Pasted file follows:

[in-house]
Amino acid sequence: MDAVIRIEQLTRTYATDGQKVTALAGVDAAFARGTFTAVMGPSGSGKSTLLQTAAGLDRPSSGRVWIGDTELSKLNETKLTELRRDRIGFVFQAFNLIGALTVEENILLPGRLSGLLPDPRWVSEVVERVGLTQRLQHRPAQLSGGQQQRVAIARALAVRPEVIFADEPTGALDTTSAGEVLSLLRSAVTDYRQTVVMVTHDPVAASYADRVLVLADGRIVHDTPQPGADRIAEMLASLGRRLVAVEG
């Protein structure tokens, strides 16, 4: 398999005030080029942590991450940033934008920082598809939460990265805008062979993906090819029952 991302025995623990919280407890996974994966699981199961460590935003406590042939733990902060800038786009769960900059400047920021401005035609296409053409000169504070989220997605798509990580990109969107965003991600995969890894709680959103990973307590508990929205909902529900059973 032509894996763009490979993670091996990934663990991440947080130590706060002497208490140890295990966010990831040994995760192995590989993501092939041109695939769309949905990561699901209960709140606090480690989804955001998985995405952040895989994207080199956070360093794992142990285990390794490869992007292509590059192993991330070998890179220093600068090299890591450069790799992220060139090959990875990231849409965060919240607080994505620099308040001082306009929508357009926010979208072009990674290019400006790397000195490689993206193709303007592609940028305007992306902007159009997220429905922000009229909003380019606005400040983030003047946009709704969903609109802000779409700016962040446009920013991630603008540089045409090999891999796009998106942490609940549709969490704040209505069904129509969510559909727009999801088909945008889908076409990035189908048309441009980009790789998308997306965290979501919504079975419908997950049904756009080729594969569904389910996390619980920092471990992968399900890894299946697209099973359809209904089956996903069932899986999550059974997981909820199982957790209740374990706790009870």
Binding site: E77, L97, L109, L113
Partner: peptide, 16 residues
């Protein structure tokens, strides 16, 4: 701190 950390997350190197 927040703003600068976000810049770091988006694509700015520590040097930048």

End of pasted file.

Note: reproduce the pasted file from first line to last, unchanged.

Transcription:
[in-house]
Amino acid sequence: MDAVIRIEQLTRTYATDGQKVTALAGVDAAFARGTFTAVMGPSGSGKSTLLQTAAGLDRPSSGRVWIGDTELSKLNETKLTELRRDRIGFVFQAFNLIGALTVEENILLPGRLSGLLPDPRWVSEVVERVGLTQRLQHRPAQLSGGQQQRVAIARALAVRPEVIFADEPTGALDTTSAGEVLSLLRSAVTDYRQTVVMVTHDPVAASYADRVLVLADGRIVHDTPQPGADRIAEMLASLGRRLVAVEG
């Protein structure tokens, strides 16, 4: 398999005030080029942590991450940033934008920082598809939460990265805008062979993906090819029952 991302025995623990919280407890996974994966699981199961460590935003406590042939733990902060800038786009769960900059400047920021401005035609296409053409000169504070989220997605798509990580990109969107965003991600995969890894709680959103990973307590508990929205909902529900059973 032509894996763009490979993670091996990934663990991440947080130590706060002497208490140890295990966010990831040994995760192995590989993501092939041109695939769309949905990561699901209960709140606090480690989804955001998985995405952040895989994207080199956070360093794992142990285990390794490869992007292509590059192993991330070998890179220093600068090299890591450069790799992220060139090959990875990231849409965060919240607080994505620099308040001082306009929508357009926010979208072009990674290019400006790397000195490689993206193709303007592609940028305007992306902007159009997220429905922000009229909003380019606005400040983030003047946009709704969903609109802000779409700016962040446009920013991630603008540089045409090999891999796009998106942490609940549709969490704040209505069904129509969510559909727009999801088909945008889908076409990035189908048309441009980009790789998308997306965290979501919504079975419908997950049904756009080729594969569904389910996390619980920092471990992968399900890894299946697209099973359809209904089956996903069932899986999550059974997981909820199982957790209740374990706790009870």
Binding site: E77, L97, L109, L113
Partner: peptide, 16 residues
């Protein structure tokens, strides 16, 4: 701190 950390997350190197 927040703003600068976000810049770091988006694509700015520590040097930048």